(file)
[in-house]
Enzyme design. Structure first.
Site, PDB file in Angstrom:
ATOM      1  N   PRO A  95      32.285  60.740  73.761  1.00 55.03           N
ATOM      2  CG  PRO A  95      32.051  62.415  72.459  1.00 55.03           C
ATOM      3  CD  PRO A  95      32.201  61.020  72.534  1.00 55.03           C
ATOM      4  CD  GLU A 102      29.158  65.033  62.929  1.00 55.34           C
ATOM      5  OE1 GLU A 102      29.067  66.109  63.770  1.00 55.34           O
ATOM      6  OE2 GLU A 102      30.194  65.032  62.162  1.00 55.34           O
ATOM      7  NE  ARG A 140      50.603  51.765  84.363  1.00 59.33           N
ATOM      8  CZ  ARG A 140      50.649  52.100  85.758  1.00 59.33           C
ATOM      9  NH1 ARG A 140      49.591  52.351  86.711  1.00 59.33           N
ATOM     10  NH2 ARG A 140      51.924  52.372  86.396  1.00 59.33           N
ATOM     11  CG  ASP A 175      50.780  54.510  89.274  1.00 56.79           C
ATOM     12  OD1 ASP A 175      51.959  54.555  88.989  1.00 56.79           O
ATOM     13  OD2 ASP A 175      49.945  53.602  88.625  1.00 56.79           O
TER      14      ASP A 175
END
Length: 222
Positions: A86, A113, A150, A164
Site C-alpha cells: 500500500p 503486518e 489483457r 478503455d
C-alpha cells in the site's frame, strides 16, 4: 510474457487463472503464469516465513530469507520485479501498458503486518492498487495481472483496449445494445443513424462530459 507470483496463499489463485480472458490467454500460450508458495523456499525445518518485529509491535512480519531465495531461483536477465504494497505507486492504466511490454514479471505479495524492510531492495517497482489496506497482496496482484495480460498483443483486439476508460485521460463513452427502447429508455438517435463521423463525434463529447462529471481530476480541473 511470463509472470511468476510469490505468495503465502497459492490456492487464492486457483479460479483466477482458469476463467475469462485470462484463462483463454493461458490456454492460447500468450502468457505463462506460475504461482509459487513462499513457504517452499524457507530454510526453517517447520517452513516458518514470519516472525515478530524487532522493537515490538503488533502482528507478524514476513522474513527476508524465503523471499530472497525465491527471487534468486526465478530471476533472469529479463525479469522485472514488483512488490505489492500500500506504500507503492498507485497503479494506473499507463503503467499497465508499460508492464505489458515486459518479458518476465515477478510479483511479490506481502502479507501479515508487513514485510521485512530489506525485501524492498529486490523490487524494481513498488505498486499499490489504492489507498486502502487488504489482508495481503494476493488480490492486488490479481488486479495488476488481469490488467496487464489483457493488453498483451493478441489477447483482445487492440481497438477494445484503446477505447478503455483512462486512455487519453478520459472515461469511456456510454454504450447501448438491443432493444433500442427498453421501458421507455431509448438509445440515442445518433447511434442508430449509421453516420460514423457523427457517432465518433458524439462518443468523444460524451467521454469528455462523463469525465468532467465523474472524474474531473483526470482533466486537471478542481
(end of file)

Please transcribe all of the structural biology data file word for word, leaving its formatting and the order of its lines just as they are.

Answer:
[in-house]
Enzyme design. Structure first.
Site, PDB file in Angstrom:
ATOM      1  N   PRO A  95      32.285  60.740  73.761  1.00 55.03           N
ATOM      2  CG  PRO A  95      32.051  62.415  72.459  1.00 55.03           C
ATOM      3  CD  PRO A  95      32.201  61.020  72.534  1.00 55.03           C
ATOM      4  CD  GLU A 102      29.158  65.033  62.929  1.00 55.34           C
ATOM      5  OE1 GLU A 102      29.067  66.109  63.770  1.00 55.34           O
ATOM      6  OE2 GLU A 102      30.194  65.032  62.162  1.00 55.34           O
ATOM      7  NE  ARG A 140      50.603  51.765  84.363  1.00 59.33           N
ATOM      8  CZ  ARG A 140      50.649  52.100  85.758  1.00 59.33           C
ATOM      9  NH1 ARG A 140      49.591  52.351  86.711  1.00 59.33           N
ATOM     10  NH2 ARG A 140      51.924  52.372  86.396  1.00 59.33           N
ATOM     11  CG  ASP A 175      50.780  54.510  89.274  1.00 56.79           C
ATOM     12  OD1 ASP A 175      51.959  54.555  88.989  1.00 56.79           O
ATOM     13  OD2 ASP A 175      49.945  53.602  88.625  1.00 56.79           O
TER      14      ASP A 175
END
Length: 222
Positions: A86, A113, A150, A164
Site C-alpha cells: 500500500p 503486518e 489483457r 478503455d
C-alpha cells in the site's frame, strides 16, 4: 510474457487463472503464469516465513530469507520485479501498458503486518492498487495481472483496449445494445443513424462530459 507470483496463499489463485480472458490467454500460450508458495523456499525445518518485529509491535512480519531465495531461483536477465504494497505507486492504466511490454514479471505479495524492510531492495517497482489496506497482496496482484495480460498483443483486439476508460485521460463513452427502447429508455438517435463521423463525434463529447462529471481530476480541473 511470463509472470511468476510469490505468495503465502497459492490456492487464492486457483479460479483466477482458469476463467475469462485470462484463462483463454493461458490456454492460447500468450502468457505463462506460475504461482509459487513462499513457504517452499524457507530454510526453517517447520517452513516458518514470519516472525515478530524487532522493537515490538503488533502482528507478524514476513522474513527476508524465503523471499530472497525465491527471487534468486526465478530471476533472469529479463525479469522485472514488483512488490505489492500500500506504500507503492498507485497503479494506473499507463503503467499497465508499460508492464505489458515486459518479458518476465515477478510479483511479490506481502502479507501479515508487513514485510521485512530489506525485501524492498529486490523490487524494481513498488505498486499499490489504492489507498486502502487488504489482508495481503494476493488480490492486488490479481488486479495488476488481469490488467496487464489483457493488453498483451493478441489477447483482445487492440481497438477494445484503446477505447478503455483512462486512455487519453478520459472515461469511456456510454454504450447501448438491443432493444433500442427498453421501458421507455431509448438509445440515442445518433447511434442508430449509421453516420460514423457523427457517432465518433458524439462518443468523444460524451467521454469528455462523463469525465468532467465523474472524474474531473483526470482533466486537471478542481